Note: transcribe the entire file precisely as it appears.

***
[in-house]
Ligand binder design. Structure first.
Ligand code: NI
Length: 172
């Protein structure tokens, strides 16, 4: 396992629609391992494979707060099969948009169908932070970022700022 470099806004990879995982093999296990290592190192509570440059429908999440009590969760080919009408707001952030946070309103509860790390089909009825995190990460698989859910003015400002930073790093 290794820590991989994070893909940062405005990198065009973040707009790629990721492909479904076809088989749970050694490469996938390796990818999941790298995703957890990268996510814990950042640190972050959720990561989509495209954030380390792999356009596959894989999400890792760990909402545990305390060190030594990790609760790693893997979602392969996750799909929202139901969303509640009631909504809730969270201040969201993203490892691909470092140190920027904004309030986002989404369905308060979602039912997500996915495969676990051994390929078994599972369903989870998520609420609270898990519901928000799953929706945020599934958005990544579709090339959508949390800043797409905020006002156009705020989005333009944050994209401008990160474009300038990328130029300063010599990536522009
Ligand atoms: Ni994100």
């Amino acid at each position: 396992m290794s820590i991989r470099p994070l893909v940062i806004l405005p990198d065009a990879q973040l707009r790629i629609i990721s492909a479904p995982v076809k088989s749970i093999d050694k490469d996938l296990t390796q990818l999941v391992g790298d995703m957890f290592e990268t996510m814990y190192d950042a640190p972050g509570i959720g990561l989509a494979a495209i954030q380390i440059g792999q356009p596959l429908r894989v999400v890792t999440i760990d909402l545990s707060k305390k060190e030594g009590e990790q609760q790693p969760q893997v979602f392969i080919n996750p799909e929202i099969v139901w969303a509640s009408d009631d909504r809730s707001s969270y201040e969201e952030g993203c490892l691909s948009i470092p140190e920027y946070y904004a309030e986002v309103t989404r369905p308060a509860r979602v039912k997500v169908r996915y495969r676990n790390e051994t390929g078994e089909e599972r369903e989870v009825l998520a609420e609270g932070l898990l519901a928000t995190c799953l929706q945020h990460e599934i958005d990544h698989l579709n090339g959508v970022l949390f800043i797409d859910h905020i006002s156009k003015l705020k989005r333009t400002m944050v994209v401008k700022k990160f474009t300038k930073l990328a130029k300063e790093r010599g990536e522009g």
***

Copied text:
[in-house]
Ligand binder design. Structure first.
Ligand code: NI
Length: 172
């Protein structure tokens, strides 16, 4: 396992629609391992494979707060099969948009169908932070970022700022 470099806004990879995982093999296990290592190192509570440059429908999440009590969760080919009408707001952030946070309103509860790390089909009825995190990460698989859910003015400002930073790093 290794820590991989994070893909940062405005990198065009973040707009790629990721492909479904076809088989749970050694490469996938390796990818999941790298995703957890990268996510814990950042640190972050959720990561989509495209954030380390792999356009596959894989999400890792760990909402545990305390060190030594990790609760790693893997979602392969996750799909929202139901969303509640009631909504809730969270201040969201993203490892691909470092140190920027904004309030986002989404369905308060979602039912997500996915495969676990051994390929078994599972369903989870998520609420609270898990519901928000799953929706945020599934958005990544579709090339959508949390800043797409905020006002156009705020989005333009944050994209401008990160474009300038990328130029300063010599990536522009
Ligand atoms: Ni994100």
């Amino acid at each position: 396992m290794s820590i991989r470099p994070l893909v940062i806004l405005p990198d065009a990879q973040l707009r790629i629609i990721s492909a479904p995982v076809k088989s749970i093999d050694k490469d996938l296990t390796q990818l999941v391992g790298d995703m957890f290592e990268t996510m814990y190192d950042a640190p972050g509570i959720g990561l989509a494979a495209i954030q380390i440059g792999q356009p596959l429908r894989v999400v890792t999440i760990d909402l545990s707060k305390k060190e030594g009590e990790q609760q790693p969760q893997v979602f392969i080919n996750p799909e929202i099969v139901w969303a509640s009408d009631d909504r809730s707001s969270y201040e969201e952030g993203c490892l691909s948009i470092p140190e920027y946070y904004a309030e986002v309103t989404r369905p308060a509860r979602v039912k997500v169908r996915y495969r676990n790390e051994t390929g078994e089909e599972r369903e989870v009825l998520a609420e609270g932070l898990l519901a928000t995190c799953l929706q945020h990460e599934i958005d990544h698989l579709n090339g959508v970022l949390f800043i797409d859910h905020i006002s156009k003015l705020k989005r333009t400002m944050v994209v401008k700022k990160f474009t300038k930073l990328a130029k300063e790093r010599g990536e522009g």